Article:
Practice Relating to Rule 99. Deprivation of Liberty
Djibouti’s Manual on International Humanitarian Law (2004) states with regard to “children in the justice system” that “parents or guardians of apprehended minors must be informed of their arrest … [A]rrested or detained minors have the same rights as adults, irrespective of the form of arrest or detention”.
The manual also states: “‘No one shall be subjected to arbitrary arrest or detention.’ The International Covenant on Civil and Political Rights … , the African Charter on Human and Peoples’ Rights … and the national constitution … prohibit arbitrary arrest.”
In 2010, in its initial report to the Committee against Torture, Djibouti stated:
46. Following independence in 1977, Djibouti experienced a difficult period of internal tension, which led to a visible, steady rise in violations of human rights and individual freedoms. This state of affairs reached its height during the civil war between government forces and the armed opposition of the Front pour la restauration de l’unité et de la démocratie [Front for the restoration of unity and democracy] (FRUD).
47. With the signing of [the] peace agreement between the warring parties in 1994 and again in 2001, the human rights situation improved dramatically. …
50. … Efforts [have been taken] to eliminate arbitrary arrests in police stations, military police barracks and army and other camps, through a policy of staff training and awareness raising on human rights.
In 2011, in the History and Geography Textbook for 9th Grade, Djibouti’s Ministry of National Education and Vocational Training, under the heading “[O]ffences related to violations of humanitarian law”, listed “unlawful detention of civilians”.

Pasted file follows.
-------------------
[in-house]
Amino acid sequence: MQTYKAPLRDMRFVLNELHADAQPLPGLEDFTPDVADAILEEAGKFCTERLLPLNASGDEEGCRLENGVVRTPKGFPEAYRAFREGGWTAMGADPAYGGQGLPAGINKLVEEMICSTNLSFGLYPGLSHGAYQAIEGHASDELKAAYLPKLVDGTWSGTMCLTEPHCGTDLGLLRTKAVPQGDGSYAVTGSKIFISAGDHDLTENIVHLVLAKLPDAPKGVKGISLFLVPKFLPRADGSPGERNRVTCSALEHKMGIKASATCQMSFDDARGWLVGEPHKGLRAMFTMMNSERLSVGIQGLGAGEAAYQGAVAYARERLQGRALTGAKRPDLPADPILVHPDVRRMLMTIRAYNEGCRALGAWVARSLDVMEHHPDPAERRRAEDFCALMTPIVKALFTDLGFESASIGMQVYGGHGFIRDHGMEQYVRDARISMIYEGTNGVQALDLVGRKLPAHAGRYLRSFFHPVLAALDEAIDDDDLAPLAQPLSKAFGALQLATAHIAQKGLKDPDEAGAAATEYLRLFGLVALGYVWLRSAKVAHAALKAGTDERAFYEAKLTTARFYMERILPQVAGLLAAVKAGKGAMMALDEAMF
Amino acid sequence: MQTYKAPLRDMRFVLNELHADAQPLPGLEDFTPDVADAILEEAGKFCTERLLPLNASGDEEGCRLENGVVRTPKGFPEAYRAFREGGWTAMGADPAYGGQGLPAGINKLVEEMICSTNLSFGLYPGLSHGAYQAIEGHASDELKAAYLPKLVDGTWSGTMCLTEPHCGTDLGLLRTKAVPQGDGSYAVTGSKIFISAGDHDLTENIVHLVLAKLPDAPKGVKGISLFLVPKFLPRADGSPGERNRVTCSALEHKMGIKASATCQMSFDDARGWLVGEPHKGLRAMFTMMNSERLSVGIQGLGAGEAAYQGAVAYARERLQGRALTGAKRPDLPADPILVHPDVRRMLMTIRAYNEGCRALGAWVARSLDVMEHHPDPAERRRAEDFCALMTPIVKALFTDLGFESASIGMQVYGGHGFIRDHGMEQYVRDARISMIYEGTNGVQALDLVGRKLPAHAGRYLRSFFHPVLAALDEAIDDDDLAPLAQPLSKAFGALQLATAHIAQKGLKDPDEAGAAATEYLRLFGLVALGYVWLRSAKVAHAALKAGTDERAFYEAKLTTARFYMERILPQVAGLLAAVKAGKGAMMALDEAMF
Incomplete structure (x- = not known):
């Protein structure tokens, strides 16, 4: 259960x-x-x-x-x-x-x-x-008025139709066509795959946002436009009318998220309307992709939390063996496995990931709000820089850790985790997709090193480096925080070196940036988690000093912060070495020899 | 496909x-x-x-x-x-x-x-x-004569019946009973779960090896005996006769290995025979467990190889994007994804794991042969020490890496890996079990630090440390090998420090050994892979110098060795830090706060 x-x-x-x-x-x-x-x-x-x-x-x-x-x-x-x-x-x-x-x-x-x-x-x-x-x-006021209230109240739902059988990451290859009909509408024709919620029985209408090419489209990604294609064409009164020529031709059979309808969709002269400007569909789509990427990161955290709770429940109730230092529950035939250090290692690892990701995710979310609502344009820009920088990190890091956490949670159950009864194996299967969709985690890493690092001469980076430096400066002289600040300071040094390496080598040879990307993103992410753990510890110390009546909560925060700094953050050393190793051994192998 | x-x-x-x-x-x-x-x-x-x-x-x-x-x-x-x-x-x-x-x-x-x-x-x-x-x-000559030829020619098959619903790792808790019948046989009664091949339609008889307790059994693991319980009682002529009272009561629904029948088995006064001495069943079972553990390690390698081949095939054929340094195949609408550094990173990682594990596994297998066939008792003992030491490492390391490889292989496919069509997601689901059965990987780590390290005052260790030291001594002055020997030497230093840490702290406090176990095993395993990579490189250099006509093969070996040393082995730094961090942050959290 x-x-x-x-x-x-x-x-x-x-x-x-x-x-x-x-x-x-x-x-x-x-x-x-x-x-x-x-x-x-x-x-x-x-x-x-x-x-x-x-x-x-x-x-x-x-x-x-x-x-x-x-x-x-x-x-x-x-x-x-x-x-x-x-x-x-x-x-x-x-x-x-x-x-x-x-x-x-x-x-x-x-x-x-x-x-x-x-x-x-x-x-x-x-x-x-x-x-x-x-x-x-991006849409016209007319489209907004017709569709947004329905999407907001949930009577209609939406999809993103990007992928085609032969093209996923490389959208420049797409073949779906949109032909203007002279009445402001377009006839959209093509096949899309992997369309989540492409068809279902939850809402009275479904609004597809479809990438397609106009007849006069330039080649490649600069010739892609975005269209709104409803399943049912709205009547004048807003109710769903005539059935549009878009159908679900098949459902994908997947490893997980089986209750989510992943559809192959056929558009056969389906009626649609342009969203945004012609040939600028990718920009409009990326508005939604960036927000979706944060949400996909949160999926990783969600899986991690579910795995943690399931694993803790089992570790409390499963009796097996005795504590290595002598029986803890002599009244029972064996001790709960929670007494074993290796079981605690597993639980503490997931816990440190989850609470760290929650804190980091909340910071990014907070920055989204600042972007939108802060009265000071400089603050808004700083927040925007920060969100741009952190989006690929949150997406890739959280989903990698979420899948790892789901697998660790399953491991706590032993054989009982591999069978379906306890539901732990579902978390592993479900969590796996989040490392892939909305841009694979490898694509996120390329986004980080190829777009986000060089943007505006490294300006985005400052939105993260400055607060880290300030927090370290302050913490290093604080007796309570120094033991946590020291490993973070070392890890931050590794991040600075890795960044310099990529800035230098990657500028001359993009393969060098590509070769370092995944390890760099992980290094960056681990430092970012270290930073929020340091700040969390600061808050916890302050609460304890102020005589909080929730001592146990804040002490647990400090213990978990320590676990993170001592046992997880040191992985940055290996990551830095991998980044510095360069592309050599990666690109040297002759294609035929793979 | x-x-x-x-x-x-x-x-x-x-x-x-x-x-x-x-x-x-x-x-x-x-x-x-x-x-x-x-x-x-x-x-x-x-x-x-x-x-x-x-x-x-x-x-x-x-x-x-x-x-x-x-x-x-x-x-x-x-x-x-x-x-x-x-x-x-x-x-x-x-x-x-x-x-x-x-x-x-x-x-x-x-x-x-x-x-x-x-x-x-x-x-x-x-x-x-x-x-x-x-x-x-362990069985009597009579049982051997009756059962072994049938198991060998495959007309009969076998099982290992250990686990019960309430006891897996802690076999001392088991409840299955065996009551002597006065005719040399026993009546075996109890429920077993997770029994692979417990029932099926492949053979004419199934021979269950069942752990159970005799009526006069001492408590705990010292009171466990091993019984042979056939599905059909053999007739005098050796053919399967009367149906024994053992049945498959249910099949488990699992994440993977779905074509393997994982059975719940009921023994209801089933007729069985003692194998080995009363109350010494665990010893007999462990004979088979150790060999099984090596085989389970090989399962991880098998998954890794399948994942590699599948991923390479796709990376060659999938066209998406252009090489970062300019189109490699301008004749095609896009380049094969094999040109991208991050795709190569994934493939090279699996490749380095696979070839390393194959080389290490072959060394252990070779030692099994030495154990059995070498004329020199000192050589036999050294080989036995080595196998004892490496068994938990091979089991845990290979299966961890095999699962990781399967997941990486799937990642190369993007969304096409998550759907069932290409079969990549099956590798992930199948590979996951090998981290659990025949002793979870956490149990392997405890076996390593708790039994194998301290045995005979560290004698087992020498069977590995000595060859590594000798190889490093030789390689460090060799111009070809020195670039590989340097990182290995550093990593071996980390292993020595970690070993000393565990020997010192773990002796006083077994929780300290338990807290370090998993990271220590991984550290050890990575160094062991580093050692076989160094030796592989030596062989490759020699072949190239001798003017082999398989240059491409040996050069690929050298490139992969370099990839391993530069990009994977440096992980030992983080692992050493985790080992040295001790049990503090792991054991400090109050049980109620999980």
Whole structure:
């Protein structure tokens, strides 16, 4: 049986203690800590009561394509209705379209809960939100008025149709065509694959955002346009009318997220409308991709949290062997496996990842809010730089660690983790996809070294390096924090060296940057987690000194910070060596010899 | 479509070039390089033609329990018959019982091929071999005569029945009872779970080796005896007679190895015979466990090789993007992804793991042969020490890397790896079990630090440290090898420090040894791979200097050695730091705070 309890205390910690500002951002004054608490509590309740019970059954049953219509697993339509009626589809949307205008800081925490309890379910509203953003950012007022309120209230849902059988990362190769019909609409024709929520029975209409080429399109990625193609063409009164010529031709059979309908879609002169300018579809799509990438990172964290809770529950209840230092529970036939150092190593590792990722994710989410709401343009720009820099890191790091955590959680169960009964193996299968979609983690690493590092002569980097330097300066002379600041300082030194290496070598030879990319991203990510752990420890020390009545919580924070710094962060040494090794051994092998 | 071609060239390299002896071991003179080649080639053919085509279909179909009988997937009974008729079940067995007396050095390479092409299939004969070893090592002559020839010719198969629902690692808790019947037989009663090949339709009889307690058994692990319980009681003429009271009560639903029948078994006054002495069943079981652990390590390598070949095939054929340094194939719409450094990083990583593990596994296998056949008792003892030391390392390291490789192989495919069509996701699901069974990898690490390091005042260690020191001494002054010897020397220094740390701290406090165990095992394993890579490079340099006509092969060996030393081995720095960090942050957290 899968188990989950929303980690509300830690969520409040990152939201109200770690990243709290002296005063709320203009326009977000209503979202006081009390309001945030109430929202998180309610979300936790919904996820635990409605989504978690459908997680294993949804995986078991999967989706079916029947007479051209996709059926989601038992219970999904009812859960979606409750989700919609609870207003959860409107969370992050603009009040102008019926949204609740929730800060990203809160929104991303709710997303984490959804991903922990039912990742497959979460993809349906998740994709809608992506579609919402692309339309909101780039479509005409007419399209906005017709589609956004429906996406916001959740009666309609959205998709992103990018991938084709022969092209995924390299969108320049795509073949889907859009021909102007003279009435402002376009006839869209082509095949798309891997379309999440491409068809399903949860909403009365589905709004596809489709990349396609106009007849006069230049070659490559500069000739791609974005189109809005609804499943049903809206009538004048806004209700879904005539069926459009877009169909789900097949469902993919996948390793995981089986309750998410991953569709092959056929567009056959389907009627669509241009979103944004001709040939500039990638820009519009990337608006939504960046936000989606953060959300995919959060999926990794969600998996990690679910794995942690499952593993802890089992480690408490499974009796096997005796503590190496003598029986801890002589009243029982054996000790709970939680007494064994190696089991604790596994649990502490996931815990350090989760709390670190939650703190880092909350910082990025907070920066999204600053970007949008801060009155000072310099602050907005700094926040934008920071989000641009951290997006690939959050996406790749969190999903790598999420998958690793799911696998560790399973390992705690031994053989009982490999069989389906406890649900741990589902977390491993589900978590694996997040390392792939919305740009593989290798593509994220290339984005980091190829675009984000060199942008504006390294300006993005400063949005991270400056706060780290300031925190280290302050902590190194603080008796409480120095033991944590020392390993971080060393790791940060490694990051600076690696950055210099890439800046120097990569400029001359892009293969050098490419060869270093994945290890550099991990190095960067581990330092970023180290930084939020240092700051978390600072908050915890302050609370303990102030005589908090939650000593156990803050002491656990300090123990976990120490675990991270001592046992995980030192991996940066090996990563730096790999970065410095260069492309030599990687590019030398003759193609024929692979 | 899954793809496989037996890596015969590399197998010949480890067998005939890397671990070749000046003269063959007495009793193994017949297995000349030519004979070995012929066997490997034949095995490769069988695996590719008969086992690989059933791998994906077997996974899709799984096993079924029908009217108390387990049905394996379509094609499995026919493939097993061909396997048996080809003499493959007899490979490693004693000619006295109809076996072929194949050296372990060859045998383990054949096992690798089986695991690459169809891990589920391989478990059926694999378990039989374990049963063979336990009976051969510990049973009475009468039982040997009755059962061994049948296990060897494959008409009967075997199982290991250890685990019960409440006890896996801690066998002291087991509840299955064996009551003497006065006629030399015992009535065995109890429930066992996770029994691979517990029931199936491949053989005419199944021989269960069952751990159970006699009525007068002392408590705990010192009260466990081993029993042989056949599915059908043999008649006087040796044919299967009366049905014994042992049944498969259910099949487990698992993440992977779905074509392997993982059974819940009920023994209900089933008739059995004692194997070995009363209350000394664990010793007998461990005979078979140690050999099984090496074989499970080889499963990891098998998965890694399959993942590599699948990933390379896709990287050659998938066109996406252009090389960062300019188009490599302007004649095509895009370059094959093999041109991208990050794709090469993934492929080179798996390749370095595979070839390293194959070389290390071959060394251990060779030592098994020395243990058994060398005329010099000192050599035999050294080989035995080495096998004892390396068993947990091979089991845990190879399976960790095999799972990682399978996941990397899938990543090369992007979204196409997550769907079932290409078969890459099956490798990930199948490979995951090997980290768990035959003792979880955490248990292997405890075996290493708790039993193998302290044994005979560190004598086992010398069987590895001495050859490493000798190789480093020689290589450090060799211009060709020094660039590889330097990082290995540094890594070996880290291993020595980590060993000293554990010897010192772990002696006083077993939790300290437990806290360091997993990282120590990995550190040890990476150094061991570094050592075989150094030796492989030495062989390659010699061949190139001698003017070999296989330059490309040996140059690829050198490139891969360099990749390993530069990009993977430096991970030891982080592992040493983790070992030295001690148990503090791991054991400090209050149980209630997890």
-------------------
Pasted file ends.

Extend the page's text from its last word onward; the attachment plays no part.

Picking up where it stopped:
Djibouti’s Manual on International Humanitarian Law (2004) states: “‘No one shall be deprived of his liberty except on such grounds and in accordance with such procedures as are established by law.’ (Article 9(1) of the International Covenant of Civil and Political Rights).”
Djibouti’s Manual on International Humanitarian Law (2004) states with regard to “arrested persons”: “At the moment of arrest, give prompt information about the reasons for the arrest [and] inform them without delay of any charges against them”.
The manual further states that “[w]omen [who have been] the victims of crimes or abuse of power … have the right to … be informed of any charges against them and the course of the proceedings against them”.
The manual also states with regard to “children in the justice system” that “minors must be informed of the reasons for their arrest or any charges against him or her”.
Djibouti’s Manual on International Humanitarian Law (2004) states that “[w]omen [who have been] the victims of crimes or abuse of power … have the right to … have rapid access to a judge”.